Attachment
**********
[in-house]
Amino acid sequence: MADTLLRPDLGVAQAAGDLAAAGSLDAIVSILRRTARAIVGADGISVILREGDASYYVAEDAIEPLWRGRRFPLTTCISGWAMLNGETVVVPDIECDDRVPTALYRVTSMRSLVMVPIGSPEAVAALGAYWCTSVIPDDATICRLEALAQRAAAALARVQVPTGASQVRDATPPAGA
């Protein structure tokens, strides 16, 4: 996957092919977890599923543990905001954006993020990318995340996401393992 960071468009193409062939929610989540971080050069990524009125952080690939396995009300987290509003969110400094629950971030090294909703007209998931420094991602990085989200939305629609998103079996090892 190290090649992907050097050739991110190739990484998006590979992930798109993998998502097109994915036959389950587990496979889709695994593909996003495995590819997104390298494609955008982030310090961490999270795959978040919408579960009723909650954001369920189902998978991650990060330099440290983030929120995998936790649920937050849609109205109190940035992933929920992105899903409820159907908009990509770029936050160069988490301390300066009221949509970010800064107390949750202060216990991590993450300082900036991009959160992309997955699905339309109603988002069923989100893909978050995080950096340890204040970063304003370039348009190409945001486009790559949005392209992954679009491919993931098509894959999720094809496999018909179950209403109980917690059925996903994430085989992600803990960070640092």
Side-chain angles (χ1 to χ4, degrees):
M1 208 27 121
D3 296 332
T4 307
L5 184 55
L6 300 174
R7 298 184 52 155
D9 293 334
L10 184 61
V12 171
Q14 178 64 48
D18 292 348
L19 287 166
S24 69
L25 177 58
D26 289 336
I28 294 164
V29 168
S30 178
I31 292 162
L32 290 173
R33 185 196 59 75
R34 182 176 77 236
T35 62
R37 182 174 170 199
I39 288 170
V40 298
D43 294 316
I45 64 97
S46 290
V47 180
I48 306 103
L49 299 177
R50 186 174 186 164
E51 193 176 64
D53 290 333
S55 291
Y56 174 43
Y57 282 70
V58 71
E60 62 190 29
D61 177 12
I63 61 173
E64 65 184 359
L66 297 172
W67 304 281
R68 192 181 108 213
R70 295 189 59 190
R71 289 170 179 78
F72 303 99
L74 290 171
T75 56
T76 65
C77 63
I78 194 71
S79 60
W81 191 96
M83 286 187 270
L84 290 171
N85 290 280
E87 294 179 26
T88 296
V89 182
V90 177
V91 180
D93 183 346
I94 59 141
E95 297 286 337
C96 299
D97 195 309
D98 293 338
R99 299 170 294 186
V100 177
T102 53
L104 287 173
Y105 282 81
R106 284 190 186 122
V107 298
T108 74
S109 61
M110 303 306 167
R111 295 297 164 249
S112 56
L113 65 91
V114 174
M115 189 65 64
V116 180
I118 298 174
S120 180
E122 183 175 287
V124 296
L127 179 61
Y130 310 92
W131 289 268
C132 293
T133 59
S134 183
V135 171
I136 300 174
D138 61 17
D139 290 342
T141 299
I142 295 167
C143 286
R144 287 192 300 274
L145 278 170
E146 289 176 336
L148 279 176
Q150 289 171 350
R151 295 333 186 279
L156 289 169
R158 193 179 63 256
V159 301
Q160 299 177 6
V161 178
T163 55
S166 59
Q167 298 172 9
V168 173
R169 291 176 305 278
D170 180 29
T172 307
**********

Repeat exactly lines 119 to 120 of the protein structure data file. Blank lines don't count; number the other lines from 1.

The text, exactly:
T163 55
S166 59